Sake is the traditional rice wine of Japan. When first produced over two thousand years ago, it was revered and used as an offering to the various gods and deities of Japan’s indigenous Shinto religion, known as the “drink of the gods”. For quite some time, sake production in Japan was carried out mainly within the Imperial Court, only being consumed on festival or celebration days.
Now, however, sake is widely available and relatively inexpensive while still playing a large role in many aspects of Japanese culture. Whether being sipped by bride and groom during a traditional wedding ceremony, or consumed to celebrate a victory, sake has deep seated and widely known symbolic value.
Sake (pronounced “sah-keh” not “sah-kee”) essentially refers to any alcohol in Japan, though in the west commonly refers only to the Japanese rice wine, or Nihonshu. Sake is served in a small, typically ceramic flask called a tokkuri. It is usually bulbous with a narrow neck, however other styles are available such as katakuchi, which looks something like a tea kettle.
The cup used to drink sake is typically in an ochoko, a small, handle-free cup. Other styles are the sakazuki, a flat saucer-like cup or the masu, a wooden box-like cup. A win glass, though non-traditional, is technically the best vessel from which to drink sake. Designed to allow the drinker to see the color and experience all facets of the aroma,which have a huge impact on flavor, the wine glass allows for complete enjoyment of sake. In most restaurants, however, the traditional ochoko cup is used.
Regular sake, honjozo-shu (at least 30% of rice polished away; a tad of distilled alcohol is added) and junmai-shu (pure rice wine; no adding of distilled alcohol) are usually warmed to room temperature, while ginjo-shu (at least 40% of rice polished away; with or without alcohol added; if bottle is labeled Ginjo, it means distilled alcohol was added; if labeled Junmai Ginjo, it means no alcohol added) and namazake (special 5th designation for unpasteurized sake; incorporates all four above) are chilled. Sake Flavor Profiles Honjozo is sake wherein a small amount of distilled pure alcohol is added to smoothen and lighten the flavor, and to make the sake a bit more fragrant. Honjozo often makes a good candidate for warm sake. The flavor is lighter, and magically the fragrance becomes much more prominent.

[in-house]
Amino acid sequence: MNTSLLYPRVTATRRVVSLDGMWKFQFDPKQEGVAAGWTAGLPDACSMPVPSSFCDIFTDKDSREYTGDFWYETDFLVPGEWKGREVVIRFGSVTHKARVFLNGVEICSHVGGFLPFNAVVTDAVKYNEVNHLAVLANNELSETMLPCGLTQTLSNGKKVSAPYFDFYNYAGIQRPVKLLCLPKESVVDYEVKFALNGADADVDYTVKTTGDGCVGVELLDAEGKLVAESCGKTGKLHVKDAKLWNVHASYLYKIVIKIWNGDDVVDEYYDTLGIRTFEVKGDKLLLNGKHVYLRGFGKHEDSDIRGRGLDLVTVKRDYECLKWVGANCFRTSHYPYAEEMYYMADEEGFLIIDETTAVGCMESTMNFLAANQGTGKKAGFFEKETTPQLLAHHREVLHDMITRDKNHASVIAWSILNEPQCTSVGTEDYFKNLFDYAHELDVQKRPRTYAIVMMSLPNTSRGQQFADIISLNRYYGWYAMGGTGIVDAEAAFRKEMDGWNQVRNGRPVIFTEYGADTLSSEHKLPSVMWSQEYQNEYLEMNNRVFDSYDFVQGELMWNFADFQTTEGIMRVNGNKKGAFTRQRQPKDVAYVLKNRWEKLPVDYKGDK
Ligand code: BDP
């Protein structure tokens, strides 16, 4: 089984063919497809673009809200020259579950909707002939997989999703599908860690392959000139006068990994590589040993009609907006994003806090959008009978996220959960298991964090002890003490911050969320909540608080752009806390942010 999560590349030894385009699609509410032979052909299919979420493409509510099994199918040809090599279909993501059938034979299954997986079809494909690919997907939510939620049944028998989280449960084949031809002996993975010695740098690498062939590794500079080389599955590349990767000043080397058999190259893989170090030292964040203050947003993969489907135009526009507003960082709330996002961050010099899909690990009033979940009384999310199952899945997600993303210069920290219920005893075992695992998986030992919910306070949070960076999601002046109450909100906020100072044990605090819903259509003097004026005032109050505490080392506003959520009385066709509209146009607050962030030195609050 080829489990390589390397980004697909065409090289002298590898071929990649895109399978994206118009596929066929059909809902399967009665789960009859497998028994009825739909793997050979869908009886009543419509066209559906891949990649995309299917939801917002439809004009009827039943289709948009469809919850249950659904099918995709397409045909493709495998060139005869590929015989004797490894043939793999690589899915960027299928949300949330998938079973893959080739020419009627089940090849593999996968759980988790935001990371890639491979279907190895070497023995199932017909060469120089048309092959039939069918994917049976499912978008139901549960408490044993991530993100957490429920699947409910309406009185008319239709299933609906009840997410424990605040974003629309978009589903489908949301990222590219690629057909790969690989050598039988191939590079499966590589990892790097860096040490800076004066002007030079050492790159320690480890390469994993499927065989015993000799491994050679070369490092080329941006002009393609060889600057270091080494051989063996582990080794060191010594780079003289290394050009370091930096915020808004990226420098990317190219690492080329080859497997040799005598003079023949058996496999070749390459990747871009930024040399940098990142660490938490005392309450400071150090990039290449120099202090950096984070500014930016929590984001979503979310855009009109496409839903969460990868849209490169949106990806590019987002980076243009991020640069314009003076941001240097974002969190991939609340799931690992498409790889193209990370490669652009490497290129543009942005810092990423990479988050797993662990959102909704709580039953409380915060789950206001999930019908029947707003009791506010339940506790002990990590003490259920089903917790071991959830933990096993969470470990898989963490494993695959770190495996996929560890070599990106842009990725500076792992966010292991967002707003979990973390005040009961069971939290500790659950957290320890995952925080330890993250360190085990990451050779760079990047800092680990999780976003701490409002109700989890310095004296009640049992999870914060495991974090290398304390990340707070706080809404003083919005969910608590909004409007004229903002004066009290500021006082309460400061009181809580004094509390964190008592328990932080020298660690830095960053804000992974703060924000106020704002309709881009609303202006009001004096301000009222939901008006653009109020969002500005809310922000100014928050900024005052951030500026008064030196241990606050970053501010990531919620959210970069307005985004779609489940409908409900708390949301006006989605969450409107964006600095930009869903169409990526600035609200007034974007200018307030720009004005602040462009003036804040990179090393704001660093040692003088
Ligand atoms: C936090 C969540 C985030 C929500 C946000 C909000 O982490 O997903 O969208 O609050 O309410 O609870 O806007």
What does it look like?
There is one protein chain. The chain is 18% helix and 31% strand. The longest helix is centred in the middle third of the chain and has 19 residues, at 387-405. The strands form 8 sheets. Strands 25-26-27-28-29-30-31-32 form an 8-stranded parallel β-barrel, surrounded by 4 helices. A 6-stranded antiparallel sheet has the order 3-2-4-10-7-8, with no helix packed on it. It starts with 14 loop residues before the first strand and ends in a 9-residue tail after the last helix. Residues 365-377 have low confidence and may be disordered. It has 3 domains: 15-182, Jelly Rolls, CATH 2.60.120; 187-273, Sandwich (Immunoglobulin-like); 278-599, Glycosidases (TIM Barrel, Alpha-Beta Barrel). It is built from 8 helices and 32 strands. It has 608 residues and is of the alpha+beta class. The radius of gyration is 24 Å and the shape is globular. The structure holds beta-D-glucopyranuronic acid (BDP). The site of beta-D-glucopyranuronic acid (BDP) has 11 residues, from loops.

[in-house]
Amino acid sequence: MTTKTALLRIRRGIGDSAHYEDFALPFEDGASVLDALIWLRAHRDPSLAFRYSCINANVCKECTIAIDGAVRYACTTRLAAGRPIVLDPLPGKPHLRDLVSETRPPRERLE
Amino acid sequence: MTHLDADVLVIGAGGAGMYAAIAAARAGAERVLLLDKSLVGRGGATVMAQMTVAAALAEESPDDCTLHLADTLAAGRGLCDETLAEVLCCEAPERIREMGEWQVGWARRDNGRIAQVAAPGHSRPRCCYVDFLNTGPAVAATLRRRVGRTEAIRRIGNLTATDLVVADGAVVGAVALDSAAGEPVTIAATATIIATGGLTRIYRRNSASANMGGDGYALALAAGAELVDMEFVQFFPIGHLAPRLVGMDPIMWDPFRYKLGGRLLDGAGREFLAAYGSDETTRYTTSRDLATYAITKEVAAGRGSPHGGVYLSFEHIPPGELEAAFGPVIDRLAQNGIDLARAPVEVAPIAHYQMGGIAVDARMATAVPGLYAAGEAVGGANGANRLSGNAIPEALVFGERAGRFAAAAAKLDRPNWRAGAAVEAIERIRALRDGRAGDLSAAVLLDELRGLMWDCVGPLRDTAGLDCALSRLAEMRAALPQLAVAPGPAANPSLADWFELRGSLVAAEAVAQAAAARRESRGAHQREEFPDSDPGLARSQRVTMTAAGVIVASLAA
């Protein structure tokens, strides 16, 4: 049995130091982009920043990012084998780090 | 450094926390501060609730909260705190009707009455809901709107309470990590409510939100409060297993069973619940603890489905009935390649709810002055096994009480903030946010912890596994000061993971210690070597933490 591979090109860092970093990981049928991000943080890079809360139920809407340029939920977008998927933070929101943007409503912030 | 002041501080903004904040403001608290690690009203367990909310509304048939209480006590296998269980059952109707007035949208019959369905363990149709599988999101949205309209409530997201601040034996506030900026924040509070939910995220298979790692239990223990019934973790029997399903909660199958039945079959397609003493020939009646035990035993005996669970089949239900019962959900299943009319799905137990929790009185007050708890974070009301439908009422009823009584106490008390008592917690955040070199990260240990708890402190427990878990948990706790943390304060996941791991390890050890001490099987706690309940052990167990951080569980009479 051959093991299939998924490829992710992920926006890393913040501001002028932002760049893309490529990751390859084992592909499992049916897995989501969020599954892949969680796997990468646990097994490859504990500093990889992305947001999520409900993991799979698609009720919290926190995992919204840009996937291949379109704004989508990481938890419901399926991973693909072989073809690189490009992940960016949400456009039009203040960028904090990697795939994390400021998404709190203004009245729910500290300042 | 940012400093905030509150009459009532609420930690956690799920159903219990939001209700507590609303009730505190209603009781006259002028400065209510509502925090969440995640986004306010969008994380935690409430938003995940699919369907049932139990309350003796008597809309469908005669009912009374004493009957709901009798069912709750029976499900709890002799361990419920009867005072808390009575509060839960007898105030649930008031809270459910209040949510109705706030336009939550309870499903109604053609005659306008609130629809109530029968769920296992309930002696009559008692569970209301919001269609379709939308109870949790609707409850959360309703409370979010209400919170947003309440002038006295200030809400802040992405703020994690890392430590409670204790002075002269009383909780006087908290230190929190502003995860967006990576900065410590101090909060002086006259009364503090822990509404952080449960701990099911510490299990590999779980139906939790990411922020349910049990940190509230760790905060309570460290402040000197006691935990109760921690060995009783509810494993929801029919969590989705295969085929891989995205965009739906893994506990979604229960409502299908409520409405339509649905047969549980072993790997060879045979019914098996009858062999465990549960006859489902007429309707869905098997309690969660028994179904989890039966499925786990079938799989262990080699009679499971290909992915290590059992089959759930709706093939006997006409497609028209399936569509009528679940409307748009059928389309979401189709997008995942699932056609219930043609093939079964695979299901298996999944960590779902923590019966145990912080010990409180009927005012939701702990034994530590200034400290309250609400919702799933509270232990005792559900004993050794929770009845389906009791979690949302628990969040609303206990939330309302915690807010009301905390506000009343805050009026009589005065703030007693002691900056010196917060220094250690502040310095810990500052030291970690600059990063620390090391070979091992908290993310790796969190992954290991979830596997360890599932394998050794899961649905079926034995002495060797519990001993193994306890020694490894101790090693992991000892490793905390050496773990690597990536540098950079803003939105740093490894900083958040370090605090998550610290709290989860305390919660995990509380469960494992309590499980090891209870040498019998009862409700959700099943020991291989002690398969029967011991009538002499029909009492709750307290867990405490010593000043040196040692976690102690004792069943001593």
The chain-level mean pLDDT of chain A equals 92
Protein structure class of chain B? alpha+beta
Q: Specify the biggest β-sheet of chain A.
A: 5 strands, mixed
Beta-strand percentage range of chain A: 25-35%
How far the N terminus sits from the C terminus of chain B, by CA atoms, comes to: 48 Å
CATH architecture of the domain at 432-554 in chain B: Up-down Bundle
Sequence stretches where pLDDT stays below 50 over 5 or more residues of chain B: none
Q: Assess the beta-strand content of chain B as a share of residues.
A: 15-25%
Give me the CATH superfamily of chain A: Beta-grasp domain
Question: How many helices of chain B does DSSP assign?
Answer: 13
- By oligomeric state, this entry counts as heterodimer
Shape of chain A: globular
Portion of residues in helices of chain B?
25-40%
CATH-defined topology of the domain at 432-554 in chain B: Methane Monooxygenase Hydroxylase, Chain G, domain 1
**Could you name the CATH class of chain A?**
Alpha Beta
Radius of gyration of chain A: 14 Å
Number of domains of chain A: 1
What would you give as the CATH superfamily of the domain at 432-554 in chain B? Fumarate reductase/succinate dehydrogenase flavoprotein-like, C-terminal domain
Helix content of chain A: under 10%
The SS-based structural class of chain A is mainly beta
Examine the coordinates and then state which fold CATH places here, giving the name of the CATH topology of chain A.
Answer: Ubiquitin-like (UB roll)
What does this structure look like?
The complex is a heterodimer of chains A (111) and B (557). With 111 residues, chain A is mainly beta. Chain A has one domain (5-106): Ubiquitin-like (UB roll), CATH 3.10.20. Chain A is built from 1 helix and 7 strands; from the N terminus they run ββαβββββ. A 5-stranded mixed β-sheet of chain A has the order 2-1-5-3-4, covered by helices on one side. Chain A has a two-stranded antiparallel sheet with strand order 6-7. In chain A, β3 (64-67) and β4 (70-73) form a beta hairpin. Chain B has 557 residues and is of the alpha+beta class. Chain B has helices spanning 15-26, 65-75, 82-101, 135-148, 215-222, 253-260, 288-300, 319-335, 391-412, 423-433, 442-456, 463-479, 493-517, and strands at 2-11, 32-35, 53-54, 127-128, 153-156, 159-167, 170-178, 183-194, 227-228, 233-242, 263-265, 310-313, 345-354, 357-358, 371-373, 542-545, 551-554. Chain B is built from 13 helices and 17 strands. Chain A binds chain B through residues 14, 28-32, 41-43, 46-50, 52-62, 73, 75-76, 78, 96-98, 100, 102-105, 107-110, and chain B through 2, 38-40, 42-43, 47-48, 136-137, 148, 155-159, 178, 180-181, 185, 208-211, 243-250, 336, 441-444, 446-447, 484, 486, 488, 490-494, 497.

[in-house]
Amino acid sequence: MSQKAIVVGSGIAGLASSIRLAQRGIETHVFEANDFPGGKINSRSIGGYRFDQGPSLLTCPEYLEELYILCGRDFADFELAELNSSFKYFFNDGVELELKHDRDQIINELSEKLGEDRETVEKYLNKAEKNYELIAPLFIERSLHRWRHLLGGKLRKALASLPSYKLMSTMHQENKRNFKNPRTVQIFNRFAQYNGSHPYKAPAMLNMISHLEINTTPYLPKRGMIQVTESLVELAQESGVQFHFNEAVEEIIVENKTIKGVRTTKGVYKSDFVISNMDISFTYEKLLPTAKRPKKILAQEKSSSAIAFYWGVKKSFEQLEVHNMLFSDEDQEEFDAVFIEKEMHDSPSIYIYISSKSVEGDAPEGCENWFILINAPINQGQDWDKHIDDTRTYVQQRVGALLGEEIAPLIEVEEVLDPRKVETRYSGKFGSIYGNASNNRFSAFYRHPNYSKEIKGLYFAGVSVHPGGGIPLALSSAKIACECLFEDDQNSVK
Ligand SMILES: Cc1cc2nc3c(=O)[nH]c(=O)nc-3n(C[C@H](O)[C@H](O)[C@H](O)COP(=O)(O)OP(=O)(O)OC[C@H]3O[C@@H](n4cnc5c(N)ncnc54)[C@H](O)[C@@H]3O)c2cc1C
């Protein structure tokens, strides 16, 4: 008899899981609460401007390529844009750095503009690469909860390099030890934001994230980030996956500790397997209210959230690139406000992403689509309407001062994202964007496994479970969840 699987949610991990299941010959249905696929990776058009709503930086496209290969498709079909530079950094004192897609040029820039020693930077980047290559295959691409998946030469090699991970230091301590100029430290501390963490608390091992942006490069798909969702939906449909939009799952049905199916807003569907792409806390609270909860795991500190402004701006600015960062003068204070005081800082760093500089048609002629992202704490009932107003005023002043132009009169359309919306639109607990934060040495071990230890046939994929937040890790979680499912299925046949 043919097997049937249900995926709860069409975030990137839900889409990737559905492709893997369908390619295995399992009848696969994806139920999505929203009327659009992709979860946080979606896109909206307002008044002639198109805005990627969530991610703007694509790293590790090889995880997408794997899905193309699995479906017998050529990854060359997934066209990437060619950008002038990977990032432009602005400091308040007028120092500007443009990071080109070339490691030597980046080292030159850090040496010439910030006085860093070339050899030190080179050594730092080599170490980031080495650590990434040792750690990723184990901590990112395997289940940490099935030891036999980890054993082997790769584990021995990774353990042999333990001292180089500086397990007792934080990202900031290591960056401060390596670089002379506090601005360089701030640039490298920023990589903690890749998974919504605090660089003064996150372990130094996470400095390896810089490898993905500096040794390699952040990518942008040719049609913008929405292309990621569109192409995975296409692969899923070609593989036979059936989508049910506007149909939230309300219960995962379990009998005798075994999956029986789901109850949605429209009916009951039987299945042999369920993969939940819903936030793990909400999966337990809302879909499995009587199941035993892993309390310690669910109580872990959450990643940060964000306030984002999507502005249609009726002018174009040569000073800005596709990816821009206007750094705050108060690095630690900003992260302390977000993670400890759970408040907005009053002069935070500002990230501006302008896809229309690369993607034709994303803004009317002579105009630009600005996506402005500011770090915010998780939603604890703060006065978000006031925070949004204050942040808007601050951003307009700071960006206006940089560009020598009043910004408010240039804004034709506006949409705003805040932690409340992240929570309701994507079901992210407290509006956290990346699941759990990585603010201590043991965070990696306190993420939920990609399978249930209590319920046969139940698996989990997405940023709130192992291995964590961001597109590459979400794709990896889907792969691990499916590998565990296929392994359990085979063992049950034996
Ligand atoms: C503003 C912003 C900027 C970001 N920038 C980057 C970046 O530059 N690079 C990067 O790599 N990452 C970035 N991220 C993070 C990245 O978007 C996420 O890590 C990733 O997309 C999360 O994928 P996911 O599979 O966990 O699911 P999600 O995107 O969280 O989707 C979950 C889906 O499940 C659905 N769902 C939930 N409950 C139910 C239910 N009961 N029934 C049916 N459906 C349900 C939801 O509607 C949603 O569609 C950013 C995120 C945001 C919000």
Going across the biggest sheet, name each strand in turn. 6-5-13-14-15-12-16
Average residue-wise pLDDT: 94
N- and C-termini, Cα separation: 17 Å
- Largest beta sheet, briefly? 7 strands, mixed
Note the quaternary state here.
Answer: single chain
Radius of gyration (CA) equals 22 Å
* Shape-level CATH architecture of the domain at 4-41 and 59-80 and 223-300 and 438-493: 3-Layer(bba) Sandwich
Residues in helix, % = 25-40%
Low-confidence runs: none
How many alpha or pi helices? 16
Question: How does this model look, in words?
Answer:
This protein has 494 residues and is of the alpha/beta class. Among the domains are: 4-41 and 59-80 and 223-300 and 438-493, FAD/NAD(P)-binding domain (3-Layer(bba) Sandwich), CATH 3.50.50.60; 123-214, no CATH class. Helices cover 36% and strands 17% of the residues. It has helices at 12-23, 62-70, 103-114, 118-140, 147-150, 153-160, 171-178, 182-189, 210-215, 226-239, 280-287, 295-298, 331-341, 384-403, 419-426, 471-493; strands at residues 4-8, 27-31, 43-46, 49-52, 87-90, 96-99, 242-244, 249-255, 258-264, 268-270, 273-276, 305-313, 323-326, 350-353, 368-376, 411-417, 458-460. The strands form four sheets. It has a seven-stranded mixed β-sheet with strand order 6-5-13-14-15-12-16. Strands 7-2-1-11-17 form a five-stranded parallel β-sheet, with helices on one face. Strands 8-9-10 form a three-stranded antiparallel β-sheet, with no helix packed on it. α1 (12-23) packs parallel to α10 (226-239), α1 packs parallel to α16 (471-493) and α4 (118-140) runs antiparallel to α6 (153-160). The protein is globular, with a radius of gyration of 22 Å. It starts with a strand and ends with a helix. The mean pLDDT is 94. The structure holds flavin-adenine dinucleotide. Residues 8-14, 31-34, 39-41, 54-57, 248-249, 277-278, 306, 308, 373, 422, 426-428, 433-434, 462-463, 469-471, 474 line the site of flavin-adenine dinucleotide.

Junmai refers to pure sake, pure in the sense that no adjuncts (starches or sugars other than rice added to the fermenting mixture) were used, and that no brewer’s alcohol was added either. Junmai often has a fuller, richer body and a higher-than-average acidity. The nose is often not as prominent as other types of sake, nor are other parameters dependent on whether a sake is a junmai or not.
Ginjo sake is much more delicate and light and complex than the above two. A special yeast, lower fermentation temperatures, and labor -intensive techniques make for fragrant, intricate brews. Here is a typical ginjo chart. Namazake is sake that has not been pasteurized. It should be stored cold, or the flavor and clarity could suffer. Namazake has a fresh, lively touch to the flavor. All types of sake (junmaishu, honjozo, ginjo-shu, and daiginjo-shu) can be namazake, or not. Some ginjo-shu and daiginjo-shu are also junmai-shu. So a junmai ginjo-shu is a ginjo-shu with no added ethyl alcohol. If a ginjo or daiginjo is not labeled junmai, then the added alcohol is limited to the same small amounts as honjozo.
At Tona, we serve the Regular Sake warm. For best enjoyment, we offer different kinds of chilled sake. They are categorize into three kind:
1. Filtered Sake – Junmai Ginjo and Jumai Sake. Characteristics include dry, silky smooth and clean. This kind of sake goes well with delicate dish like our sashimi and traditional sushi. The sake we carry are Sho Chiku Bai and Tozai – Living Jewel.
2. Unfiltered Sake (Cloudy Sake) – Nigori sake. Characteristics include creamy, sweet and smooth. This kind of sake goes well with spicy dish. The sake we carry are Sayuri and Snow Beauty.
3. Sparkling Sake – naturally carbonated sake. Characteristics include refreshing light and slightly sweet. This is the lightest sake we carry. Choose this sake if you enjoy Champagne. The sake we carry is Zipang.
When drinking sake, it is considered polite to serve your guests first & yourself last. If making a toast, you can say “Kanpai” if you’re in a Japanese restaurant (Kanpai means cheers, toast, quite literally, to drink a glass dry.). Touch your cups together & enjoy!